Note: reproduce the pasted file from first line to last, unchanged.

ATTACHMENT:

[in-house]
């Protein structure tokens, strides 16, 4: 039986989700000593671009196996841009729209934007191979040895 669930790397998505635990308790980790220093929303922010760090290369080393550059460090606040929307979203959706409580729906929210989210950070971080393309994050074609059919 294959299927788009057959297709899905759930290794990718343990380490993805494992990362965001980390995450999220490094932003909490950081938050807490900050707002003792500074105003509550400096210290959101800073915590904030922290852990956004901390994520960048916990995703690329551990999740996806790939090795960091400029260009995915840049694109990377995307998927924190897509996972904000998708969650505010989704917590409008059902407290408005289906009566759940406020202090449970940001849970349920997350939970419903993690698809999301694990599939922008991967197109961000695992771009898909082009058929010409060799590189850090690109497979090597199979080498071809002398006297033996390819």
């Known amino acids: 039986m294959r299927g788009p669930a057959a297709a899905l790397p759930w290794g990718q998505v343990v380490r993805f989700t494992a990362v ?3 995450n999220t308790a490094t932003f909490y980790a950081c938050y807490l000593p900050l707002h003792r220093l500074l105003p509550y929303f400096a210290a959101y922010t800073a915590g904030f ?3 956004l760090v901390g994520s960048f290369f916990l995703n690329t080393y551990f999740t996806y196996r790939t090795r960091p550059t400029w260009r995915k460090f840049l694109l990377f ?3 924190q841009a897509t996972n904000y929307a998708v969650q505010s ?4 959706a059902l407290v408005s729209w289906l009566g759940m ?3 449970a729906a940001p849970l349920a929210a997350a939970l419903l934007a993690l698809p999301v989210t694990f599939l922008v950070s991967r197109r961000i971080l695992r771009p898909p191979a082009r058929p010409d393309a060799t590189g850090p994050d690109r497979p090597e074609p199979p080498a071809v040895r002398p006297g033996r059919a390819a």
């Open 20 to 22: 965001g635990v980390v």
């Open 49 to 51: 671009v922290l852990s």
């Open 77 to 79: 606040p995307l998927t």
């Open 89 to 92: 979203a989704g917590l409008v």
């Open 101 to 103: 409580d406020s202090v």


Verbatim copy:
[in-house]
């Protein structure tokens, strides 16, 4: 039986989700000593671009196996841009729209934007191979040895 669930790397998505635990308790980790220093929303922010760090290369080393550059460090606040929307979203959706409580729906929210989210950070971080393309994050074609059919 294959299927788009057959297709899905759930290794990718343990380490993805494992990362965001980390995450999220490094932003909490950081938050807490900050707002003792500074105003509550400096210290959101800073915590904030922290852990956004901390994520960048916990995703690329551990999740996806790939090795960091400029260009995915840049694109990377995307998927924190897509996972904000998708969650505010989704917590409008059902407290408005289906009566759940406020202090449970940001849970349920997350939970419903993690698809999301694990599939922008991967197109961000695992771009898909082009058929010409060799590189850090690109497979090597199979080498071809002398006297033996390819």
């Known amino acids: 039986m294959r299927g788009p669930a057959a297709a899905l790397p759930w290794g990718q998505v343990v380490r993805f989700t494992a990362v ?3 995450n999220t308790a490094t932003f909490y980790a950081c938050y807490l000593p900050l707002h003792r220093l500074l105003p509550y929303f400096a210290a959101y922010t800073a915590g904030f ?3 956004l760090v901390g994520s960048f290369f916990l995703n690329t080393y551990f999740t996806y196996r790939t090795r960091p550059t400029w260009r995915k460090f840049l694109l990377f ?3 924190q841009a897509t996972n904000y929307a998708v969650q505010s ?4 959706a059902l407290v408005s729209w289906l009566g759940m ?3 449970a729906a940001p849970l349920a929210a997350a939970l419903l934007a993690l698809p999301v989210t694990f599939l922008v950070s991967r197109r961000i971080l695992r771009p898909p191979a082009r058929p010409d393309a060799t590189g850090p994050d690109r497979p090597e074609p199979p080498a071809v040895r002398p006297g033996r059919a390819a």
């Open 20 to 22: 965001g635990v980390v």
């Open 49 to 51: 671009v922290l852990s």
């Open 77 to 79: 606040p995307l998927t």
């Open 89 to 92: 979203a989704g917590l409008v």
């Open 101 to 103: 409580d406020s202090v």